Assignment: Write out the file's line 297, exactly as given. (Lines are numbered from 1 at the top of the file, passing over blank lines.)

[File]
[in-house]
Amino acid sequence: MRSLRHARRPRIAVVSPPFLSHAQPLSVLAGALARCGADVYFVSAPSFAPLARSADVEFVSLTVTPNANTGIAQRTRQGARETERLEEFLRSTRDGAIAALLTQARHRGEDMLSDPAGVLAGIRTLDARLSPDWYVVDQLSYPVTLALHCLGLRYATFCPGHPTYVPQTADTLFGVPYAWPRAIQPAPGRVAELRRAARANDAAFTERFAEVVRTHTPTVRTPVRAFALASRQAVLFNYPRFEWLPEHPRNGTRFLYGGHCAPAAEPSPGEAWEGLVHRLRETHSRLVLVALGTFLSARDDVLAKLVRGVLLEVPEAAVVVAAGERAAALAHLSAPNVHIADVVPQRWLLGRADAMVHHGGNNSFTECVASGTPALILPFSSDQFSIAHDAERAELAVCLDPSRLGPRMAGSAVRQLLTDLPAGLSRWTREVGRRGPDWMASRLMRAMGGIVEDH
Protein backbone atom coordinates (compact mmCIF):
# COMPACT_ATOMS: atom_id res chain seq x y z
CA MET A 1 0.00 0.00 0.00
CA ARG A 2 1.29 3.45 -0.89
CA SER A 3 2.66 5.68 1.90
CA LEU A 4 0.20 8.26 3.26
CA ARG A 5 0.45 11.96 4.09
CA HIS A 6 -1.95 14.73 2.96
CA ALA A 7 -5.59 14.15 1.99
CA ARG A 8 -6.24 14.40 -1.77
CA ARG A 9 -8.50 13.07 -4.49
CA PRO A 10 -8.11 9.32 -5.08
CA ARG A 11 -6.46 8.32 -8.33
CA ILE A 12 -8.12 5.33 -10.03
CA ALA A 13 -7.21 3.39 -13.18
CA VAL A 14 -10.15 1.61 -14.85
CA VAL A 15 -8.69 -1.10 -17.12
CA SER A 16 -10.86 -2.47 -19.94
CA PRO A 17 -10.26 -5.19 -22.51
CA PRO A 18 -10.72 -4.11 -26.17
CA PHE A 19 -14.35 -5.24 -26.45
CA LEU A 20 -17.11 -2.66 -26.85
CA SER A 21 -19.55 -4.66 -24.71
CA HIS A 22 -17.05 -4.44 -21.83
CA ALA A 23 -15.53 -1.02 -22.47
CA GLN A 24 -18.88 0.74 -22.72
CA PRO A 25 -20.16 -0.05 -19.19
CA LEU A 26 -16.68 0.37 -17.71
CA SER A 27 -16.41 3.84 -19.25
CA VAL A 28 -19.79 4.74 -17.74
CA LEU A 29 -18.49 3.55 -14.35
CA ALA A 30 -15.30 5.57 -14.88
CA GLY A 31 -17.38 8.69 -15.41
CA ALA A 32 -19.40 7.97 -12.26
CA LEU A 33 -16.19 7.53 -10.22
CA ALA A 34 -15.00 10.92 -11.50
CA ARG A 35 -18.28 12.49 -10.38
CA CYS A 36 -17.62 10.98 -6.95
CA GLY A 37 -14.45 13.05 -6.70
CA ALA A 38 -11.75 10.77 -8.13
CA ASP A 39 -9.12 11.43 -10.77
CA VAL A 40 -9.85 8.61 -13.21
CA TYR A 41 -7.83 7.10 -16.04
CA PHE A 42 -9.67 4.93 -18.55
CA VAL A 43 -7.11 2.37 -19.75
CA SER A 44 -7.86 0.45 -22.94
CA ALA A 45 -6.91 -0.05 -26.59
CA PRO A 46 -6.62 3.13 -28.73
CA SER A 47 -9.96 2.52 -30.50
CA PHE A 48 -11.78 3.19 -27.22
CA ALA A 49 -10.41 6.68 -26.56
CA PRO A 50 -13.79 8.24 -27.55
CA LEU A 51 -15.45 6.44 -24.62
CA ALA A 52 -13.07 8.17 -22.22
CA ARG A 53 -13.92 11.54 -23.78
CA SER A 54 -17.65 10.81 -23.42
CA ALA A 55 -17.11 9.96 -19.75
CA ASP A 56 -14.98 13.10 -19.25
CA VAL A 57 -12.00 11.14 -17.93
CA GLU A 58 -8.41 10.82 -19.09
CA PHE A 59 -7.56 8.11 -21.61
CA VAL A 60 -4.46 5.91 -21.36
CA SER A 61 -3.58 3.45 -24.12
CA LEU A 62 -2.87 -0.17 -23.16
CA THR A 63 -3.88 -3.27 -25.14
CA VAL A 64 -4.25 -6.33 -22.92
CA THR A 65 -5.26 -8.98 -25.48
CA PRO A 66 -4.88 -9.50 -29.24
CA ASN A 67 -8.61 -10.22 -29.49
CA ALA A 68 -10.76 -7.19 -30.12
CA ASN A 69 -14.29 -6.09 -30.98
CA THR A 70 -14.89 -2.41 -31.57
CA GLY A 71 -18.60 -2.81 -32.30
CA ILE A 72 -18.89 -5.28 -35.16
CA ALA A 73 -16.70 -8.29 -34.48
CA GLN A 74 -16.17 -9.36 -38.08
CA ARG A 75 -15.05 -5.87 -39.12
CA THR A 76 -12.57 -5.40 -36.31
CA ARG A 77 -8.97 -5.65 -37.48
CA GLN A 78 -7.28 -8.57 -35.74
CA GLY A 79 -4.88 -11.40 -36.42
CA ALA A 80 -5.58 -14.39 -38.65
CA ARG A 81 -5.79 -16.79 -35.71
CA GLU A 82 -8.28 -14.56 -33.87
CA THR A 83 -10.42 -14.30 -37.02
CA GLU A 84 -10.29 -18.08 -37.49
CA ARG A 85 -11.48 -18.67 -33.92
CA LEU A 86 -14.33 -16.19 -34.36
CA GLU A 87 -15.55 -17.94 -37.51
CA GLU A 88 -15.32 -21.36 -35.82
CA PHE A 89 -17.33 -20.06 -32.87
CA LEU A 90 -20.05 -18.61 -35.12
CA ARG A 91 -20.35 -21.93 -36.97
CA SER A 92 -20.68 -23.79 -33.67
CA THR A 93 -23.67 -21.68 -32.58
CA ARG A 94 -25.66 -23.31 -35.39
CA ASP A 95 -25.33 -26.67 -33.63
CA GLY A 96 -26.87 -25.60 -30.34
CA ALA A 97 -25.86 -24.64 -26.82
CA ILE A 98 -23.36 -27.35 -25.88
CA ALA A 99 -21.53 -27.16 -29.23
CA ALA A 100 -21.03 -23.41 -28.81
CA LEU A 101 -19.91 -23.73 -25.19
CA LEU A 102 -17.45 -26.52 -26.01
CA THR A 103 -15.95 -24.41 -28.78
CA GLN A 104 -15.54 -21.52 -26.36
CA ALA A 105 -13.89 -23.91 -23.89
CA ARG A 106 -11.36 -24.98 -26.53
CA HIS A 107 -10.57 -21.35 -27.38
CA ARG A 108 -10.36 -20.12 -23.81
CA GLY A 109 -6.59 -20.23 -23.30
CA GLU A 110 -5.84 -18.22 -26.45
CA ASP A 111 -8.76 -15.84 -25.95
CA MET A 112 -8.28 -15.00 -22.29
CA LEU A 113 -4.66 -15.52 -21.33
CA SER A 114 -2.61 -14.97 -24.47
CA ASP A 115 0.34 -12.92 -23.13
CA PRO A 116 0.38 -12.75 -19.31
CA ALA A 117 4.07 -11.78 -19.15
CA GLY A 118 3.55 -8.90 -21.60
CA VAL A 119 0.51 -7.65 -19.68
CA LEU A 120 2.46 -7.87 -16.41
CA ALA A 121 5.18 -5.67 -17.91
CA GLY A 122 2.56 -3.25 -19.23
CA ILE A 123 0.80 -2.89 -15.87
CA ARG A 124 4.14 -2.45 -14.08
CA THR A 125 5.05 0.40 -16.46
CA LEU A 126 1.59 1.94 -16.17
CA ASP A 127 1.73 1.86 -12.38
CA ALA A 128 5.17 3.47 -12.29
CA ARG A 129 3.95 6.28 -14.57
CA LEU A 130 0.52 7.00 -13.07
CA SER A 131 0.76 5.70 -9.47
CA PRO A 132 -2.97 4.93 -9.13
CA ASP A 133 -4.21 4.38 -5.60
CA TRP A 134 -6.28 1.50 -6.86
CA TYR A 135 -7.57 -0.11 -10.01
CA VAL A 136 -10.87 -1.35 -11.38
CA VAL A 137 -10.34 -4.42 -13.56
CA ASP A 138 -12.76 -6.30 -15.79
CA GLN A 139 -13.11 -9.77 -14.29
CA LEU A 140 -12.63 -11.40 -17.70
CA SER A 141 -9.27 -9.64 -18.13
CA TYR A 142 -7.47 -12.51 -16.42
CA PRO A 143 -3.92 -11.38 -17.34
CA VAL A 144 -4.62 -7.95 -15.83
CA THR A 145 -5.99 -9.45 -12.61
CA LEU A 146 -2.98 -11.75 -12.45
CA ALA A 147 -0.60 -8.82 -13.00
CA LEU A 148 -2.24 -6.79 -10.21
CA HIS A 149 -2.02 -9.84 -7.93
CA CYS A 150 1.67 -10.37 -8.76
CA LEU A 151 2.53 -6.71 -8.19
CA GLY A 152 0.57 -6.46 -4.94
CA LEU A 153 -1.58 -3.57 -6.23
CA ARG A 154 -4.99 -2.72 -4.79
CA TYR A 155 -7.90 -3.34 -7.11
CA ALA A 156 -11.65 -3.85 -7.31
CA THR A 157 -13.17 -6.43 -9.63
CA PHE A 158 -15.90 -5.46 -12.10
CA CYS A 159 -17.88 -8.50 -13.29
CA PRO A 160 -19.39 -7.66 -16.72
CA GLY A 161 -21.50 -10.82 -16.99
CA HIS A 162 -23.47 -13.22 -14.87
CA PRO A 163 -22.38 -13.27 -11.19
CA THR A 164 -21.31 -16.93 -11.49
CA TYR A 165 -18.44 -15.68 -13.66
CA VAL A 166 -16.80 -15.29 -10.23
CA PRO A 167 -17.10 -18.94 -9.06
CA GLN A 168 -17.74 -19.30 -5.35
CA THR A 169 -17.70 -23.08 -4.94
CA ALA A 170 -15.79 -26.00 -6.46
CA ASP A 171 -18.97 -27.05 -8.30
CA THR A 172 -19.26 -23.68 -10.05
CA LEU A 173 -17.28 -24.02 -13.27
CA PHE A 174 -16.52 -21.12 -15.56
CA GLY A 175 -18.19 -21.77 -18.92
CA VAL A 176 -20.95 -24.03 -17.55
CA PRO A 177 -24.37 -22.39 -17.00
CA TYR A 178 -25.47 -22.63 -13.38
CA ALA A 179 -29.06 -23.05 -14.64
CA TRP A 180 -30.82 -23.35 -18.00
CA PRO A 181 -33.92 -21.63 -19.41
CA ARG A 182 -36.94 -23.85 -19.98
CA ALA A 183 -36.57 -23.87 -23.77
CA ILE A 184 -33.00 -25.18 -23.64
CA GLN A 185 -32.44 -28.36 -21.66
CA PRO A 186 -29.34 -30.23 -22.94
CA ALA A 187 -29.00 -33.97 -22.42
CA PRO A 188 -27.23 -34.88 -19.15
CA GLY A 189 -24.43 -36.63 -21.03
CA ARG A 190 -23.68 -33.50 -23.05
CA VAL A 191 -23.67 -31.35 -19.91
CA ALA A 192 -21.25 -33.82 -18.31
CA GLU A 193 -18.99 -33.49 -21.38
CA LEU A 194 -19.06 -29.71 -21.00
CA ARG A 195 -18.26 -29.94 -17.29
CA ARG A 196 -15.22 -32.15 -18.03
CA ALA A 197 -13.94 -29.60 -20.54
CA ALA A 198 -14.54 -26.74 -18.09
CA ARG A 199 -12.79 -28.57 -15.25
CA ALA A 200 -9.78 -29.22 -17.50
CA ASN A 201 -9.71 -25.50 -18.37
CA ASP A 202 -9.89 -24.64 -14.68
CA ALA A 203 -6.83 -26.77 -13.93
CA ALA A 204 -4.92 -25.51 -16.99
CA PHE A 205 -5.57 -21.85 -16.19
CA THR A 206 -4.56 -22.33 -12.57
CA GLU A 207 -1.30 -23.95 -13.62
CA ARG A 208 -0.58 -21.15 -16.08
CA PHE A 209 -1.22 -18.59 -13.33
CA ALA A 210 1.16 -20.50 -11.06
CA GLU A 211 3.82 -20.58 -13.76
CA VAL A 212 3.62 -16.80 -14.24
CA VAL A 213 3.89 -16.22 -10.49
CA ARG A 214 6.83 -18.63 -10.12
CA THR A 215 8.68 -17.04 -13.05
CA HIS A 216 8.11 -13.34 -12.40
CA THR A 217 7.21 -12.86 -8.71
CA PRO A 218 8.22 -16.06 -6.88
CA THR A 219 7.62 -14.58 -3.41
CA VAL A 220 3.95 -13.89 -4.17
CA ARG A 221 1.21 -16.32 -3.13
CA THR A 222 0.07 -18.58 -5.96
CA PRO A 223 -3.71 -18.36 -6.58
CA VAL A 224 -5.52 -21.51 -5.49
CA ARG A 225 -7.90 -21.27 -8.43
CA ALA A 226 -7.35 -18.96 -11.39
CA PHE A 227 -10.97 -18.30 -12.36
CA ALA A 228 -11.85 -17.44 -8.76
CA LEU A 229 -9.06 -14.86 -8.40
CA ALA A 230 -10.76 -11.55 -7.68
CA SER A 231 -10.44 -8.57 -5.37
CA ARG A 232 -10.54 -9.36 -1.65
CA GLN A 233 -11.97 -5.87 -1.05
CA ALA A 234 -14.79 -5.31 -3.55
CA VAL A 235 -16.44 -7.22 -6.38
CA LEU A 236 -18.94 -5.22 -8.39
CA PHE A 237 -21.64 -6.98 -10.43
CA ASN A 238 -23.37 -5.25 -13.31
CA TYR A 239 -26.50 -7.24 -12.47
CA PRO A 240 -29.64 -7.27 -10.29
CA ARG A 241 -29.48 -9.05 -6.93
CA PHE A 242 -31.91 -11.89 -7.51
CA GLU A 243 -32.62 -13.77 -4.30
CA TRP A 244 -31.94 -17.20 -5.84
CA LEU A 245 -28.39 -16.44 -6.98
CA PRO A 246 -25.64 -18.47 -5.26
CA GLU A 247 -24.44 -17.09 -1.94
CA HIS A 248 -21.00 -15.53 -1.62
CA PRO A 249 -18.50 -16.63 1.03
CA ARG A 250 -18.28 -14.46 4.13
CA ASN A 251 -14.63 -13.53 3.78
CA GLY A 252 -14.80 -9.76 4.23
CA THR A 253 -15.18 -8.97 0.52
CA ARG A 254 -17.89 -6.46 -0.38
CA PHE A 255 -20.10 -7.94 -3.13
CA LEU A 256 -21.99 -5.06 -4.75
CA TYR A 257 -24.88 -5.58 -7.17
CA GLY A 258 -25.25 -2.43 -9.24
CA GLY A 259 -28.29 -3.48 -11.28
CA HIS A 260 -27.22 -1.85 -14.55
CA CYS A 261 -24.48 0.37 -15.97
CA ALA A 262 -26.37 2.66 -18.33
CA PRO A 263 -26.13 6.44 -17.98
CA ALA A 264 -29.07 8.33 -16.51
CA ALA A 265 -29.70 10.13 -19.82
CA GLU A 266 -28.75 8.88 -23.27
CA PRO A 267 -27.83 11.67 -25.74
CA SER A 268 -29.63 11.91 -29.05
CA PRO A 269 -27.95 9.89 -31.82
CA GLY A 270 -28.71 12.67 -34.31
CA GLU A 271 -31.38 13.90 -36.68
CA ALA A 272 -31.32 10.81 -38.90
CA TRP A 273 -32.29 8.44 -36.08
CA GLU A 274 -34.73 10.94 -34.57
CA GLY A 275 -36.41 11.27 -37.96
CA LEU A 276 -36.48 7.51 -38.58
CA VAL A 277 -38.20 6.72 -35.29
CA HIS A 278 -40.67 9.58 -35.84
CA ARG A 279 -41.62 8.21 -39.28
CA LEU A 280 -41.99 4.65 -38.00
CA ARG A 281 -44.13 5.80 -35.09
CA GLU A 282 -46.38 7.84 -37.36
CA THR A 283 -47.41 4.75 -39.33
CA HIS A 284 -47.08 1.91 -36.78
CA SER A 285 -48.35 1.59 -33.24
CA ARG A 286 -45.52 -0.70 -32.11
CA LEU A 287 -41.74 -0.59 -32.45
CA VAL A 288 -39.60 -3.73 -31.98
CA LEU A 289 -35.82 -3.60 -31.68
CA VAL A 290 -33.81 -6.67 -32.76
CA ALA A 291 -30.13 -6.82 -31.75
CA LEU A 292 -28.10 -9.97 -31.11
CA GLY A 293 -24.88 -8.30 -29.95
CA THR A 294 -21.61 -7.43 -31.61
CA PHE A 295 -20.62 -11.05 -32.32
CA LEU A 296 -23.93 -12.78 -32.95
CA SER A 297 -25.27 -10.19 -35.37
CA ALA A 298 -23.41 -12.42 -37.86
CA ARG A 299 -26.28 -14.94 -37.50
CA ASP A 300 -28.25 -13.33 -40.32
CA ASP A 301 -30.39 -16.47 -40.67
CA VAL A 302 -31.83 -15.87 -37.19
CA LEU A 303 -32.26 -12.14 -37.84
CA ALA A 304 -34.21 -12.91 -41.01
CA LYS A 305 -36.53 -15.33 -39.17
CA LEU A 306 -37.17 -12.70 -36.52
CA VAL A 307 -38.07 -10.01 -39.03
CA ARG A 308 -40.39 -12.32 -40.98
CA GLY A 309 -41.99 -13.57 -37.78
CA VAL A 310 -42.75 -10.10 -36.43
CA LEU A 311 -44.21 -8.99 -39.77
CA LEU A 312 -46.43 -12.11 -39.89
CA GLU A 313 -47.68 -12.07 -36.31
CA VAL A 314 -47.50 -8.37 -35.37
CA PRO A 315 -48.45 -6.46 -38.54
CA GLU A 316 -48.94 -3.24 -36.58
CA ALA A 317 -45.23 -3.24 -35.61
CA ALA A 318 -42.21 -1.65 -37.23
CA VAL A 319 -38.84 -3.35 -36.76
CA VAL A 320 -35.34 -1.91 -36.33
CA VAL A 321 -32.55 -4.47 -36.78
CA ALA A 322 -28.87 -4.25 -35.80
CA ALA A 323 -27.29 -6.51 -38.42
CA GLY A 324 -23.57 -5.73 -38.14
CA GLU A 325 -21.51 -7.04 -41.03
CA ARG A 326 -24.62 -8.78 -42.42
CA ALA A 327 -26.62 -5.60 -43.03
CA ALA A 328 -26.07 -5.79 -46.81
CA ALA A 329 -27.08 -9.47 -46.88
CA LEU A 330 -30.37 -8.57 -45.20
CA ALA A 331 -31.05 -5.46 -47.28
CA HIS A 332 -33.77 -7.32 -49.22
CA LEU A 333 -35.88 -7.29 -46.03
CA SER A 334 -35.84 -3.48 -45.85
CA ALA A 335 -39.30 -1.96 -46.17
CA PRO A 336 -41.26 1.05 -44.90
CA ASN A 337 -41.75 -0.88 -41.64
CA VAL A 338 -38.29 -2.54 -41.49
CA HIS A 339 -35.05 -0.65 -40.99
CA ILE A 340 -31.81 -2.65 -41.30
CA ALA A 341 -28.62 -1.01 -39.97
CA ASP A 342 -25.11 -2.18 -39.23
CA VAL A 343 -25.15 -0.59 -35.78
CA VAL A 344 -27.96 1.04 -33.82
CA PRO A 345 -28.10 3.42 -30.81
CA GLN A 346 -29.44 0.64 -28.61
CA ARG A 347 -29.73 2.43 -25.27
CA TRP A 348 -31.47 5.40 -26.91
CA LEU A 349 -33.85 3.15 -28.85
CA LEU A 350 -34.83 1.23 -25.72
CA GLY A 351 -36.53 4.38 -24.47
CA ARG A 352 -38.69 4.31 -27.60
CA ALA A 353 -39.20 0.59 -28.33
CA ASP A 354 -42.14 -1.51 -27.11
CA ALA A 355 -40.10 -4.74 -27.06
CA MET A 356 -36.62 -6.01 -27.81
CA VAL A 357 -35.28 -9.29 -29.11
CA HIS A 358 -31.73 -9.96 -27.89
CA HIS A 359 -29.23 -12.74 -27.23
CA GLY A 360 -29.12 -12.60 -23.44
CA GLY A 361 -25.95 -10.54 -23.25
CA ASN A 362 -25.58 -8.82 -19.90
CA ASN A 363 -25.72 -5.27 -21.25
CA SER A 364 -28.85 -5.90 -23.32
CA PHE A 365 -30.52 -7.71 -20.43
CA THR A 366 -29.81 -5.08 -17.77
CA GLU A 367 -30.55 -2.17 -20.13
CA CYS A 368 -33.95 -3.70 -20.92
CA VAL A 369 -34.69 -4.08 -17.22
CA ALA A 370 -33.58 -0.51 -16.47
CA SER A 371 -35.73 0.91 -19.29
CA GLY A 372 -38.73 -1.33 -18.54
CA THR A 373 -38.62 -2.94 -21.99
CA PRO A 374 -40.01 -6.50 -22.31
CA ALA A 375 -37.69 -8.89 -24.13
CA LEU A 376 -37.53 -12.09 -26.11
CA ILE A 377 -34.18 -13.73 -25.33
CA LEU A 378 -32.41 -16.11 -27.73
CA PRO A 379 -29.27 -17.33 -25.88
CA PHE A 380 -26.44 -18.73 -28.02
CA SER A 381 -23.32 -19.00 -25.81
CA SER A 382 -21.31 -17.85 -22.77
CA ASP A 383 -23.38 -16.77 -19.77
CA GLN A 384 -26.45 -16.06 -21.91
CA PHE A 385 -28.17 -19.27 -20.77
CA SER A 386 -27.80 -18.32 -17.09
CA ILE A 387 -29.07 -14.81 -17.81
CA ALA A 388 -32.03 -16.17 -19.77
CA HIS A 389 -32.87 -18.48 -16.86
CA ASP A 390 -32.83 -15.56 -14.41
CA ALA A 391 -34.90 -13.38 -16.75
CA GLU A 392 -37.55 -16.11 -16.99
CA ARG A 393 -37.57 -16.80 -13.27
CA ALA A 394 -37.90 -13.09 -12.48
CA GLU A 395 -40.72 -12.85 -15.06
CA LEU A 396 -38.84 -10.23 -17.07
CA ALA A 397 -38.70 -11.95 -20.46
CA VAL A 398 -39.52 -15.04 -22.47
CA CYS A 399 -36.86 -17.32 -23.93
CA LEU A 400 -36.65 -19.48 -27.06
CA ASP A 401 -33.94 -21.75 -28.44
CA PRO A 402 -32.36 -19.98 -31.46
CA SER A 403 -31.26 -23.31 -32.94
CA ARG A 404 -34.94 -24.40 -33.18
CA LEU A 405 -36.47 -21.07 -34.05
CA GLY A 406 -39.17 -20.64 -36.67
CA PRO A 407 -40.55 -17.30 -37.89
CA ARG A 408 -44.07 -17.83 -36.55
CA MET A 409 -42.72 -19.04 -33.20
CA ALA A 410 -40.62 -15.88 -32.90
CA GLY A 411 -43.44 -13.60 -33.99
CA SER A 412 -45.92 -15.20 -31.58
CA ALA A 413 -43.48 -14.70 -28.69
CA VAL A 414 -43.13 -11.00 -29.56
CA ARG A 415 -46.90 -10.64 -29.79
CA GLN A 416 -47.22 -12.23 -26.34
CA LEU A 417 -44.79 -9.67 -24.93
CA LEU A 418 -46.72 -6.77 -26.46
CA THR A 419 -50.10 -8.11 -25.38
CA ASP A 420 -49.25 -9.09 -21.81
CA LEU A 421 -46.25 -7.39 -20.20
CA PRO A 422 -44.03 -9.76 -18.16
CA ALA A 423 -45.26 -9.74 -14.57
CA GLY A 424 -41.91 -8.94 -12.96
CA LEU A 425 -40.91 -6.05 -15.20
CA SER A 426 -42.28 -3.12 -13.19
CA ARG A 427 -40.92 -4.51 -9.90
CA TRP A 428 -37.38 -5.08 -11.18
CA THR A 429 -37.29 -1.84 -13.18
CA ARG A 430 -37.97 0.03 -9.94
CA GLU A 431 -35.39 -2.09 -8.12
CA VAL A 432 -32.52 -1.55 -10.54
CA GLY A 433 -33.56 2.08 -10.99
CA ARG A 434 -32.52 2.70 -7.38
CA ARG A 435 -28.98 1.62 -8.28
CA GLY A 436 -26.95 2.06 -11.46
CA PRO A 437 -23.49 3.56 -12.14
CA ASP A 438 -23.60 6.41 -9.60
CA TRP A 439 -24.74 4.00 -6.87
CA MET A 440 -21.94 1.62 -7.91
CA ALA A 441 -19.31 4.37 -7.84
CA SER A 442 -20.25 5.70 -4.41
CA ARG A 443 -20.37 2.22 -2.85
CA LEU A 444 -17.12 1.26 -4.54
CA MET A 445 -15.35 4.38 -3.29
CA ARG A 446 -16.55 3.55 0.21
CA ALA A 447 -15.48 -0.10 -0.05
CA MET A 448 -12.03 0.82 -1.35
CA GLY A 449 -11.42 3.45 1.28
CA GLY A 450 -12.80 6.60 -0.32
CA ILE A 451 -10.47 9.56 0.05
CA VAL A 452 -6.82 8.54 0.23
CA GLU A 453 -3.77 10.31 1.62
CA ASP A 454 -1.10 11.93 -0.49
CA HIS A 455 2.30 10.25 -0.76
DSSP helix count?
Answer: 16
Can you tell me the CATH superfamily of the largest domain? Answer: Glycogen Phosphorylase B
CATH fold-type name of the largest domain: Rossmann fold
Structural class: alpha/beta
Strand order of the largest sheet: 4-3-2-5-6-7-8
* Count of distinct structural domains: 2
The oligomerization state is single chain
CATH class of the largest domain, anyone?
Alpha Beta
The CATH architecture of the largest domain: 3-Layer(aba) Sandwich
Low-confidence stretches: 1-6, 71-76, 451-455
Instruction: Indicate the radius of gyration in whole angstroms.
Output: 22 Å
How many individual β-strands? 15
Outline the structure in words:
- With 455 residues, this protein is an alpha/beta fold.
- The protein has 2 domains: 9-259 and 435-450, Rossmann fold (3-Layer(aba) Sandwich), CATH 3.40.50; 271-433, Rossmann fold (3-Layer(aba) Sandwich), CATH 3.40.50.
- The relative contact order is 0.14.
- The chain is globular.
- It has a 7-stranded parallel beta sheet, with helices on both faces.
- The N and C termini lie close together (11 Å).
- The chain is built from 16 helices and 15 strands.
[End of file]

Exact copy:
CA GLY A 293 -24.88 -8.30 -29.95